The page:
Chances are high that many of the staples currently lying around your house or office are or were once packaged in cardboard. Consumer goods like toothpaste, cereal and snack foods almost always come nestled inside a type of cardboard called paperboard. Pressed flat and coated to lend a more aesthetically pleasing appearance, paperboard is a high-class version of corrugated cardboard, which is commonly used for shipping purposes. In fact, cardboard boxes are the packaging material of choice for 90 percent of products shipped in the United States [source: Earth911]. Because of cardboard' s dominating presence in the world's packaging and delivery sectors, cardboard boxes comprise a whopping 9 percent of the refuse in a typical landfill [source: Journey to Forever].
But cardboard doesn't lose its usefulness once the snacks are gone and packages have been opened. Aside from simply recycling cardboard, you can use the material in dozens of creative and practical ways. HowStuffWorks has compiled a list of 10 uses for old cardboard that children, adults and even rodents will appreciate.
Many children today have more toys than they know what to do with. Despite an abundance of interactive and electronic toys, a simple cardboard box is often all it takes to ignite a firestorm of imaginative play. A few windows or doors (cut into a square or rectangular box with an adult's help) transform an otherwise would-be piece of trash into a playhouse with limitless possibilities. This is one toy that offers a smorgasbord of opportunities for playtime, rather than limiting its user to a few battery-powered functions. Kids can decorate their playhouse box or leave it plain. Either way, it's sure to offer hours of entertainment, particularly on those days that are too rainy, cold or hot to venture outside.
Canada has taken the cardboard house idea to the next level. Recycled cardboard is now used as the main building material in temporary emergency housing camps. Some enthusiasts of these cardboard cribs are hoping that the material will eventually become a staple of residential development [source: Journey to Forever].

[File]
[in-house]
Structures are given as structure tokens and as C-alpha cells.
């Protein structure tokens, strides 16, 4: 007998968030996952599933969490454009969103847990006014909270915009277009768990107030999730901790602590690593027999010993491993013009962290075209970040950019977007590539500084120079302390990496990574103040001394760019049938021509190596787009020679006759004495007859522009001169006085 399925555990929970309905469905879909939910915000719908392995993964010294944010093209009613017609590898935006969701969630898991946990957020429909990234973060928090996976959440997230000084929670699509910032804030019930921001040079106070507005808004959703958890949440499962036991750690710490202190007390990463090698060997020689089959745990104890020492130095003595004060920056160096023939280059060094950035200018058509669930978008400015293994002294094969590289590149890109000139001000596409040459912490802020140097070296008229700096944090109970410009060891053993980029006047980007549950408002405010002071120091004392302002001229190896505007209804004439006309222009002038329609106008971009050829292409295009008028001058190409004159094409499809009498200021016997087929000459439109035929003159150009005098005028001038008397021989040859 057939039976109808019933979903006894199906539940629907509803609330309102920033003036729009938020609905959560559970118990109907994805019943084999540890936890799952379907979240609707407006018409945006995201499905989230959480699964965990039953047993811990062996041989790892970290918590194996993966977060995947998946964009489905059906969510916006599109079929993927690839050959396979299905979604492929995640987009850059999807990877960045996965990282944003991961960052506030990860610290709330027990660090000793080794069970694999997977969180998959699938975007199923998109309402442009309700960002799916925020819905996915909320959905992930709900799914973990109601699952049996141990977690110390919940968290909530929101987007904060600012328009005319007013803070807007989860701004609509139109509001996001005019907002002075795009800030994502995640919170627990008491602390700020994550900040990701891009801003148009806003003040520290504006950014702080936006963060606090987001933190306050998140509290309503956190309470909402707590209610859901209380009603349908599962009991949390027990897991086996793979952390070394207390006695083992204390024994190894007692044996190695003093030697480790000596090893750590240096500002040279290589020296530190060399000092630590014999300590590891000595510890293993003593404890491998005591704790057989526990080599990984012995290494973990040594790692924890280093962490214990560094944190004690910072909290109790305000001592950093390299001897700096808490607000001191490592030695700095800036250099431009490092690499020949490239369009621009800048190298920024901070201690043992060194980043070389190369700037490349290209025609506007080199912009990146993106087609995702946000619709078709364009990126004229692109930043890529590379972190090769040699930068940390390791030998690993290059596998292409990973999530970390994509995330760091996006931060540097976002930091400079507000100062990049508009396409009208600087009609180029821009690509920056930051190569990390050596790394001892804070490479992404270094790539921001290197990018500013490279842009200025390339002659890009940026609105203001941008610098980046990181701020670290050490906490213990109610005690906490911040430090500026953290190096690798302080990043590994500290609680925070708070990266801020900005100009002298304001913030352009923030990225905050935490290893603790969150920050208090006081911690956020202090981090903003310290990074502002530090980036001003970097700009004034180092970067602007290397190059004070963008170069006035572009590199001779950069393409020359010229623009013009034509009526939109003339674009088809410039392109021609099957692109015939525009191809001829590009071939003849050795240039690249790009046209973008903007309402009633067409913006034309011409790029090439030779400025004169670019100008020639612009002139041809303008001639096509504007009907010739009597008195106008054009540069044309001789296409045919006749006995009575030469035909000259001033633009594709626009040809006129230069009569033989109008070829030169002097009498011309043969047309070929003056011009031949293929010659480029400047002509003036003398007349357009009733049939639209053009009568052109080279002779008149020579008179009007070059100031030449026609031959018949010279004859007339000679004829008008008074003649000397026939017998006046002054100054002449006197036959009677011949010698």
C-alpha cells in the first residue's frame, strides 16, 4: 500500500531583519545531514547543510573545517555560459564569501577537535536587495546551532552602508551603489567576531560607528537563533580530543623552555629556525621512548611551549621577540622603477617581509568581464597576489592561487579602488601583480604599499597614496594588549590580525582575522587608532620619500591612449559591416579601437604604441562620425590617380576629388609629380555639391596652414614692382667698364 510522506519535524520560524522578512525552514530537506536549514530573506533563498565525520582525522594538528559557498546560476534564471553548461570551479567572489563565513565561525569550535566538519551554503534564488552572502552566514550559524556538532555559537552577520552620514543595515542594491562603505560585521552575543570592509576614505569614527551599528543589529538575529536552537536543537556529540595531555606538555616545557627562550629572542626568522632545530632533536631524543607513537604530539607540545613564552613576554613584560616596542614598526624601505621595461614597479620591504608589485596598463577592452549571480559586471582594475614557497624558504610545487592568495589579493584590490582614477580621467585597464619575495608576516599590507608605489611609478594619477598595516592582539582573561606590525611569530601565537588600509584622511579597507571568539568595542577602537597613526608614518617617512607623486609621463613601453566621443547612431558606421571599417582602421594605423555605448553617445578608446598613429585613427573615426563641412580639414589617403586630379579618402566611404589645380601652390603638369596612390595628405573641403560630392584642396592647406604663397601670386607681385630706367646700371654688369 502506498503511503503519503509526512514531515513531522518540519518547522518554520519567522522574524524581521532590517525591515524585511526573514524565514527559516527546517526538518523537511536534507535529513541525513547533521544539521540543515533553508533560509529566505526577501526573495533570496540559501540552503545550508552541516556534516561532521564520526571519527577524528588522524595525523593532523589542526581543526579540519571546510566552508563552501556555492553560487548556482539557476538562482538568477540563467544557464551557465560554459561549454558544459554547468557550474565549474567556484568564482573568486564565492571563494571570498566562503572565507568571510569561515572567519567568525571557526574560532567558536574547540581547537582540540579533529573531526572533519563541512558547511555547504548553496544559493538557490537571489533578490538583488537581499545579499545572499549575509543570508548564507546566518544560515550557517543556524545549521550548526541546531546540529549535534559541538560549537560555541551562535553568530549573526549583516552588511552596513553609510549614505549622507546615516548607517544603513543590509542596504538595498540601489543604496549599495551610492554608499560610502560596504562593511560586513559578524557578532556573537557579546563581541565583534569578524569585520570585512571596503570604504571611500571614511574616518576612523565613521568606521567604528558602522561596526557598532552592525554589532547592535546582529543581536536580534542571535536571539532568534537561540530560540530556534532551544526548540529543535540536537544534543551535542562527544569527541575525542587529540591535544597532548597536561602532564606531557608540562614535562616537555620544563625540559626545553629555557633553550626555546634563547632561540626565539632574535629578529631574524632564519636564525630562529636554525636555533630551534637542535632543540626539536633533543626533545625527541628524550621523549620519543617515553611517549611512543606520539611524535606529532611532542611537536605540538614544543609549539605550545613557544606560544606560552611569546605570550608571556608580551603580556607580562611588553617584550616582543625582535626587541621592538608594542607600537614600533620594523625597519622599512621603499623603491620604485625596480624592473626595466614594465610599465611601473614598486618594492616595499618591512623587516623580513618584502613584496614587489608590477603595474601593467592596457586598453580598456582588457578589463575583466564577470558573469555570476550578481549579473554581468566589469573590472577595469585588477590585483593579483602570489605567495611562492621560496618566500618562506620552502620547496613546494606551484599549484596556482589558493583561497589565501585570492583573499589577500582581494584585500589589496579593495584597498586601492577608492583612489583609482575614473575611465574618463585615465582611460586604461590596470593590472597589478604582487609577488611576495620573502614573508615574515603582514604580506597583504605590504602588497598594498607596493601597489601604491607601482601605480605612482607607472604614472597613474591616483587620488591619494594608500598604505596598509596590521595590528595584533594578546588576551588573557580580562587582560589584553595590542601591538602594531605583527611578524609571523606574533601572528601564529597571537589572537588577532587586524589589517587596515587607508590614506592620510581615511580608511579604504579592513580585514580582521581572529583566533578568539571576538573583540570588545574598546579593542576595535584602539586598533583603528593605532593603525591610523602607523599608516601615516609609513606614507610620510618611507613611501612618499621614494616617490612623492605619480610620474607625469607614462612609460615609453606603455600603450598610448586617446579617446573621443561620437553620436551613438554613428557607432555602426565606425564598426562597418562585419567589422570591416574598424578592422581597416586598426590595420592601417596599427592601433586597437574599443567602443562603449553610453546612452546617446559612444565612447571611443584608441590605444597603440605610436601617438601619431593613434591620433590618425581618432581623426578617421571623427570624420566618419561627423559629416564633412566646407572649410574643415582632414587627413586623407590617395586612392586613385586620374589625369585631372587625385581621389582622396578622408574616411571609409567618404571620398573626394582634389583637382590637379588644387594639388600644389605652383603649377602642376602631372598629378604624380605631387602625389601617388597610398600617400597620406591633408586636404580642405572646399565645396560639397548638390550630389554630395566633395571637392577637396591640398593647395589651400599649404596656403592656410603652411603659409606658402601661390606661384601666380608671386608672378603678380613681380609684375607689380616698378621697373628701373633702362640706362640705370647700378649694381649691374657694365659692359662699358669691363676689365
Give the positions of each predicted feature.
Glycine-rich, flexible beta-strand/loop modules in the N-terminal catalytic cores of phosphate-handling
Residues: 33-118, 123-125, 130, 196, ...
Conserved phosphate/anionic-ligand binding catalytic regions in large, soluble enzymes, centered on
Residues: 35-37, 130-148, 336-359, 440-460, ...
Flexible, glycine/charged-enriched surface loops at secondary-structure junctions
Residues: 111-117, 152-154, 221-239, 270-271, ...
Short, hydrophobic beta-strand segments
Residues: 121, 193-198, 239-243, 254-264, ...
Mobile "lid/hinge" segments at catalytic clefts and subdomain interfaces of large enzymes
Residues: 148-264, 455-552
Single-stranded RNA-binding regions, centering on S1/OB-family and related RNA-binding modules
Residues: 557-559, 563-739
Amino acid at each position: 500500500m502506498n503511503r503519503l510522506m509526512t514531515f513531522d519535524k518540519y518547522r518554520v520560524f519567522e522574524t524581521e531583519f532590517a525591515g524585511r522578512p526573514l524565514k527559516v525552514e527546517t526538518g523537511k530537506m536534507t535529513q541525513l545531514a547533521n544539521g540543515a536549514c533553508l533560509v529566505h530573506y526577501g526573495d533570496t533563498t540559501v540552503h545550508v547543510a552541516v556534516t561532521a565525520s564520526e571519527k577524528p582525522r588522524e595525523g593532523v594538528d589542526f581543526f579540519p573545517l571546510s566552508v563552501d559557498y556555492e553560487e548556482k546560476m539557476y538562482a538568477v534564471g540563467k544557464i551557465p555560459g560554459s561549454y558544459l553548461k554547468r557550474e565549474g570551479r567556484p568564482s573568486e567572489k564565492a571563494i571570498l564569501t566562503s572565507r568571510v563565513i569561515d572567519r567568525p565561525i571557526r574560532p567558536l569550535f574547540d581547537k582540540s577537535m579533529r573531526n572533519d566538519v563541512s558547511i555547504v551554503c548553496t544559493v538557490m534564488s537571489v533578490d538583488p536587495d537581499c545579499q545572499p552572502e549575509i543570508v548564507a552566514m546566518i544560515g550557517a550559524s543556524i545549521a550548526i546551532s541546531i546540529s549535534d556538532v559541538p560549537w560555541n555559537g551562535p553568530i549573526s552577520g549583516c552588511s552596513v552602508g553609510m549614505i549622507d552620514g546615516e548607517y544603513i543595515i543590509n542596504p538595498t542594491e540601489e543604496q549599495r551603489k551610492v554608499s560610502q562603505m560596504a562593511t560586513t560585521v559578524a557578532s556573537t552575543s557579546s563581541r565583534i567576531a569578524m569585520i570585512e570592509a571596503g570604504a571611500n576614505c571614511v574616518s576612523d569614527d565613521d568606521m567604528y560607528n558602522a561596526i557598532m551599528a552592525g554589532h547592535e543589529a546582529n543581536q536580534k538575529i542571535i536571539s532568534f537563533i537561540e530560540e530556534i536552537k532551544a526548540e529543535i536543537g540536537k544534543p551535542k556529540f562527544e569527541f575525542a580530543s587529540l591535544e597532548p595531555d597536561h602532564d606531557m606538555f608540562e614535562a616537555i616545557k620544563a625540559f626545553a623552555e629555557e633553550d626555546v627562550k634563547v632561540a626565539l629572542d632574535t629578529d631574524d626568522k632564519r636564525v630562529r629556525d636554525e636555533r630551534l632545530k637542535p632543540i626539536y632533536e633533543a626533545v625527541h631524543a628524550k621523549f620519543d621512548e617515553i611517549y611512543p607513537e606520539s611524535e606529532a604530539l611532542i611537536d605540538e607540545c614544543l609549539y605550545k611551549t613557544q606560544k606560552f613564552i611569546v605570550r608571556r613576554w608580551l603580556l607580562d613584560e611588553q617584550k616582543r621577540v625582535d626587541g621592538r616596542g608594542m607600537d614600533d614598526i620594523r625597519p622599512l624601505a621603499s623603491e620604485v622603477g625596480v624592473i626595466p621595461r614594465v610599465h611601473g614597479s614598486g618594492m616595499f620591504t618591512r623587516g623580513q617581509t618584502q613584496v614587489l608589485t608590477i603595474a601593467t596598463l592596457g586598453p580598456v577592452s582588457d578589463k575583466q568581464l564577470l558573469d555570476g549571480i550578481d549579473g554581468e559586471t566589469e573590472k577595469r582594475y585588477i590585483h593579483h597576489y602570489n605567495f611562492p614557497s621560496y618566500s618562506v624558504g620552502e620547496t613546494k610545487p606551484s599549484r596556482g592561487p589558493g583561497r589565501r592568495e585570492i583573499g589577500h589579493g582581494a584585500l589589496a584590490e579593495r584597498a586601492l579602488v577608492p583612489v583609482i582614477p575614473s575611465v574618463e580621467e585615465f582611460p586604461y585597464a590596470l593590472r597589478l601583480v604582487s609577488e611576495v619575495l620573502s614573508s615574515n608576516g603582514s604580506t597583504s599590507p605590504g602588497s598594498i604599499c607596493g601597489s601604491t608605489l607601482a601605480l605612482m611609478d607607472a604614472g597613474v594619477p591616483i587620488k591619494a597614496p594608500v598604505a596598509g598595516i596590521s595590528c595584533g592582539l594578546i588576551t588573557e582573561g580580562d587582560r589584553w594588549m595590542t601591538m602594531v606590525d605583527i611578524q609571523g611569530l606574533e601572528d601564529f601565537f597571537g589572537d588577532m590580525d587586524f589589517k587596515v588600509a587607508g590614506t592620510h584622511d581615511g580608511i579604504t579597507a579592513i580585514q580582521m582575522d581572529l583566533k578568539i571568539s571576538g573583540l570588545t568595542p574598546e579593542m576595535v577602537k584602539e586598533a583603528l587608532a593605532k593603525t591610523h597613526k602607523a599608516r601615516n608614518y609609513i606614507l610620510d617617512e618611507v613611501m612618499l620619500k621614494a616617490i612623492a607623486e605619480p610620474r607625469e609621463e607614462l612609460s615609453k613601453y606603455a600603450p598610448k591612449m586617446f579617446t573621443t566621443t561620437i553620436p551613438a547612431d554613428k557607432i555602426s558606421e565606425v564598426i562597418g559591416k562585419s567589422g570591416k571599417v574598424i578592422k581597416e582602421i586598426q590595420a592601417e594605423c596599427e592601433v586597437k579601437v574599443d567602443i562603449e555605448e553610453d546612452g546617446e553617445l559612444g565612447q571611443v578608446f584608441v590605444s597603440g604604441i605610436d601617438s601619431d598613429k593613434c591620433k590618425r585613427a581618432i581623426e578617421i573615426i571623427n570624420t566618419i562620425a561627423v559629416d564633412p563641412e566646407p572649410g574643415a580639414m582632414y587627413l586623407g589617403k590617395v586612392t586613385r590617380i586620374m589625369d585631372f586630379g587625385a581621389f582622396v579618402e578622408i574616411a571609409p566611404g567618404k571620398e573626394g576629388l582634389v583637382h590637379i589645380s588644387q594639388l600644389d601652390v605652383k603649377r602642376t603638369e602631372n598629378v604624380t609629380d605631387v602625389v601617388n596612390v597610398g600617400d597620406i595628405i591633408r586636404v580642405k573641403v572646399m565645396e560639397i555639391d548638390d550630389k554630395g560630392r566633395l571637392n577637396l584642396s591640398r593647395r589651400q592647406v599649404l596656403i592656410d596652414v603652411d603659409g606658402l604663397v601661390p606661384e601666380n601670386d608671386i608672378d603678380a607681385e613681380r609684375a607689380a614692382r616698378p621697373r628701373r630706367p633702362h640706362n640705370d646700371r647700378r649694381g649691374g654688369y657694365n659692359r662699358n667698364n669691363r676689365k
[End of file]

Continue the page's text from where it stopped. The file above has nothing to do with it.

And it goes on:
Storage is one of the more obvious ways to reuse cardboard. After all, who doesn't have a box of old invoices, pay stubs and bank statements lying around the house? Cardboard offers many more inspired and useful storage opportunities for seasonal, day-to-day and other purposes.
For example, holiday lights can be twisted around cardboard wrapping paper tubes to prevent annoying tangles. Electrical cords, yarn, string and pretty much anything else that may get tangled up can be stored this way, too. Empty liquor boxes with dividers offer a safe place to nestle delicate ornaments, crystal, light bulbs or other breakables. Handymen may use those same liquor boxes to conveniently separate household hardware, including nuts, bolts, nails and dowels.
And if you thought the only thing a paper towel tube was good for was a makeshift megaphone, think again. These cardboard tubes are ideal for keeping important documents like marriage licenses, bills or children's artwork wrinkle-free.
Anyone who has ever tried to remove an oil spot from a driveway or garage floor knows that it's a good idea to figure out where an auto leak is coming from and what it is before it gets out of control. In addition to creating unsightly messes, leaking fluids can be a sign of a car in need of repair. Many automotive experts recommend using a large piece of cardboard (preferably white, but any type will do in a pinch) to identify the source of the leak.
Simply slide the cardboard under the car and check it the next morning for the color and texture of the spots. Engine oil will be oily and black, whereas brake fluid is oily and clear. Coolant leaks are usually green or yellow, and transmission fluid is typically red in color [source: Warranty Info]. It makes your mechanic's job considerably easier if you provide these types of details instead of just complaining vaguely of "some type of leak, coming from somewhere in the car."